Technology has a way of advancing to meet special needs and that extends to finding missing children and protecting them from predators. In the case of Sierra LaMar, investigators and searchers had hoped her cell phone might provide a trail, bread crumbs, if you will, to help find her. When it was discovered two days later, the cell phone didn't help. "That then is the Achilles heel of all of the child locator GPS technologies that exist in the marketplace today," said Klaas Kids Foundation founder Marc Klaas.
Still, it inspired engineers to come up with better tools to protect and to locate missing kids. Klaas and his foundation put the stamp of approval on a suite of high-tech ideas. The "Leo Wristwatch" is a combination GPS tracker and cell phone on a titanium bracelet, locked to a child's wrist to prevent loss or removal. Calls are restricted to parents or a caretaker. It sells for $149.95.
Another innovation is a smartphone app called "Polly's Guardiangel." It enables parents to have photos, physical data, and other details assembled and ready to blast out to friends, family, and neighbors the moment their child is missing. It enables a search to get under way while stressed-out parents might still be in shock. "Plain facts that you'd be able to recall at any time, or you're going to be stumbling," Safety Grid President Jim Hankins explained. "Quick access to the photos, right there, and distribute them. So, it's very powerful."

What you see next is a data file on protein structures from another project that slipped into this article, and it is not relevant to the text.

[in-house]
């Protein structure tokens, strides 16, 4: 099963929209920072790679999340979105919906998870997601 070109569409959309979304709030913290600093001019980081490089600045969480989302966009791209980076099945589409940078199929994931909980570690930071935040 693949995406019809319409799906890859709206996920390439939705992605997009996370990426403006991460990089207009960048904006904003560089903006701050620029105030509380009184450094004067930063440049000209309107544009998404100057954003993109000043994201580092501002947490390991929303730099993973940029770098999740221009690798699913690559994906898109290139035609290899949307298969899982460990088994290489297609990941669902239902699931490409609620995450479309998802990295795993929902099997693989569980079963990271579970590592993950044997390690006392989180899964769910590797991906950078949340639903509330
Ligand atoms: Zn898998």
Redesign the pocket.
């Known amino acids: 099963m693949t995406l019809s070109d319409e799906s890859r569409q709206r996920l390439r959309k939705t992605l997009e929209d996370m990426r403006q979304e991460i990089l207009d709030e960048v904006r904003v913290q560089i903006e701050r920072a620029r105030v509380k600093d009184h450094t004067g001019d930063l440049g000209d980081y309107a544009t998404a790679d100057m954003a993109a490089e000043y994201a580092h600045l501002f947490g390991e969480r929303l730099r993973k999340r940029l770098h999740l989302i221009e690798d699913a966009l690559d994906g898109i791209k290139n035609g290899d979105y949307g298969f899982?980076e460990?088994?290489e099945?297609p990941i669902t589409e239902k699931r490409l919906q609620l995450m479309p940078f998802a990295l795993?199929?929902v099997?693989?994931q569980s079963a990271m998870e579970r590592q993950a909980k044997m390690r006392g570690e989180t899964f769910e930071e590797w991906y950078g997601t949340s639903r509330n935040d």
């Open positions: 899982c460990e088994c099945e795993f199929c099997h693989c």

A new browser called "Cocoon" restricts web access to parental-approved sites. It also keeps predators at bay. "We block their identity so they don't know who the name is. We block the IP address. We block the location. We keep them inside of a cocoon," Virtual World Computing CEO Vernon Irvin explained.
Of all the new tools, the Leo watch appealed most to Midsi Sanchez. She was abducted in 2000 at age 9. "I didn't know if anyone was looking for me. If I had this watch, I would have been able to immediately contact my family members, then I would have known that they were getting in touch with the Vallejo Police Department to help find me," she said.
All the tech tools are clearly aimed at youngsters, but they may have to broaden their scope in the near future because many kidnap victims and missing people tend to be high school or college age, and sometimes young adults.